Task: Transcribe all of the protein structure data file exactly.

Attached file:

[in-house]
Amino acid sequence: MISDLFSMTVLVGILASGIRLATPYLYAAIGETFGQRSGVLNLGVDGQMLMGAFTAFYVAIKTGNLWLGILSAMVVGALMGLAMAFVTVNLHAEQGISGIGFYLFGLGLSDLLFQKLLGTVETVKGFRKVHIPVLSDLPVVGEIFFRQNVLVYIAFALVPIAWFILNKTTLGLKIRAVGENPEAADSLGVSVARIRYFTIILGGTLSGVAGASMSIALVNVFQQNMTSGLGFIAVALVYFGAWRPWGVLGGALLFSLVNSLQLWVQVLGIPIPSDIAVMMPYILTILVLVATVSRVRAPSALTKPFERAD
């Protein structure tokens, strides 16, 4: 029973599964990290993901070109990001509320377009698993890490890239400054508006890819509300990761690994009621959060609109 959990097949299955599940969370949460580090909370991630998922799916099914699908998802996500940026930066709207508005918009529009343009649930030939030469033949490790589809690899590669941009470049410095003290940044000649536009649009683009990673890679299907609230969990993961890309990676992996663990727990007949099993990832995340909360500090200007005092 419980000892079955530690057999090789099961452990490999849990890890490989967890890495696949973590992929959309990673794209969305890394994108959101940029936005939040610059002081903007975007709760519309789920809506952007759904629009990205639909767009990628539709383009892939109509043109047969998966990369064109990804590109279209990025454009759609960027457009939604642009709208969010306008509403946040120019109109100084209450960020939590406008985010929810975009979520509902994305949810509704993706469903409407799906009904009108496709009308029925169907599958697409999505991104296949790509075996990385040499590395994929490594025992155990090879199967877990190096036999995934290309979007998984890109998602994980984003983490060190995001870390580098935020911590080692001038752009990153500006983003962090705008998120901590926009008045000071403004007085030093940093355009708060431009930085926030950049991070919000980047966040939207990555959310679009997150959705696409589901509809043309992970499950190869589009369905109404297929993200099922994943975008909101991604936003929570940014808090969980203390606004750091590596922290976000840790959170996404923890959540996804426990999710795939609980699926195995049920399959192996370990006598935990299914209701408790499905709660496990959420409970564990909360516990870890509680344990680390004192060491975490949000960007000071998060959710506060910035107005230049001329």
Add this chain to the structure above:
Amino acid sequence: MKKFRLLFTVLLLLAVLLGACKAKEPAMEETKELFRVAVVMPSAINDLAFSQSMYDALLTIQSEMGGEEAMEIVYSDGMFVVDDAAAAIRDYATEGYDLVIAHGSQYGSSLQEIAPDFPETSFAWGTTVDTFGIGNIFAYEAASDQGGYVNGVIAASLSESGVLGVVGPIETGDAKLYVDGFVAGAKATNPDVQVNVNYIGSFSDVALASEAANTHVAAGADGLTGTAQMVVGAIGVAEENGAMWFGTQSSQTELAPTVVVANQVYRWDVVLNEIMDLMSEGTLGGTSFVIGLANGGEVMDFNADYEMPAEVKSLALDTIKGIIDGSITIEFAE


[in-house]
Amino acid sequence: MISDLFSMTVLVGILASGIRLATPYLYAAIGETFGQRSGVLNLGVDGQMLMGAFTAFYVAIKTGNLWLGILSAMVVGALMGLAMAFVTVNLHAEQGISGIGFYLFGLGLSDLLFQKLLGTVETVKGFRKVHIPVLSDLPVVGEIFFRQNVLVYIAFALVPIAWFILNKTTLGLKIRAVGENPEAADSLGVSVARIRYFTIILGGTLSGVAGASMSIALVNVFQQNMTSGLGFIAVALVYFGAWRPWGVLGGALLFSLVNSLQLWVQVLGIPIPSDIAVMMPYILTILVLVATVSRVRAPSALTKPFERAD
């Protein structure tokens, strides 16, 4: 029973599964990290993901070109990001509320377009698993890490890239400054508006890819509300990761690994009621959060609109 959990097949299955599940969370949460580090909370991630998922799916099914699908998802996500940026930066709207508005918009529009343009649930030939030469033949490790589809690899590669941009470049410095003290940044000649536009649009683009990673890679299907609230969990993961890309990676992996663990727990007949099993990832995340909360500090200007005092 419980000892079955530690057999090789099961452990490999849990890890490989967890890495696949973590992929959309990673794209969305890394994108959101940029936005939040610059002081903007975007709760519309789920809506952007759904629009990205639909767009990628539709383009892939109509043109047969998966990369064109990804590109279209990025454009759609960027457009939604642009709208969010306008509403946040120019109109100084209450960020939590406008985010929810975009979520509902994305949810509704993706469903409407799906009904009108496709009308029925169907599958697409999505991104296949790509075996990385040499590395994929490594025992155990090879199967877990190096036999995934290309979007998984890109998602994980984003983490060190995001870390580098935020911590080692001038752009990153500006983003962090705008998120901590926009008045000071403004007085030093940093355009708060431009930085926030950049991070919000980047966040939207990555959310679009997150959705696409589901509809043309992970499950190869589009369905109404297929993200099922994943975008909101991604936003929570940014808090969980203390606004750091590596922290976000840790959170996404923890959540996804426990999710795939609980699926195995049920399959192996370990006598935990299914209701408790499905709660496990959420409970564990909360516990870890509680344990680390004192060491975490949000960007000071998060959710506060910035107005230049001329």
Add this chain to the structure above:
Amino acid sequence: MKKFRLLFTVLLLLAVLLGACKAKEPAMEETKELFRVAVVMPSAINDLAFSQSMYDALLTIQSEMGGEEAMEIVYSDGMFVVDDAAAAIRDYATEGYDLVIAHGSQYGSSLQEIAPDFPETSFAWGTTVDTFGIGNIFAYEAASDQGGYVNGVIAASLSESGVLGVVGPIETGDAKLYVDGFVAGAKATNPDVQVNVNYIGSFSDVALASEAANTHVAAGADGLTGTAQMVVGAIGVAEENGAMWFGTQSSQTELAPTVVVANQVYRWDVVLNEIMDLMSEGTLGGTSFVIGLANGGEVMDFNADYEMPAEVKSLALDTIKGIIDGSITIEFAE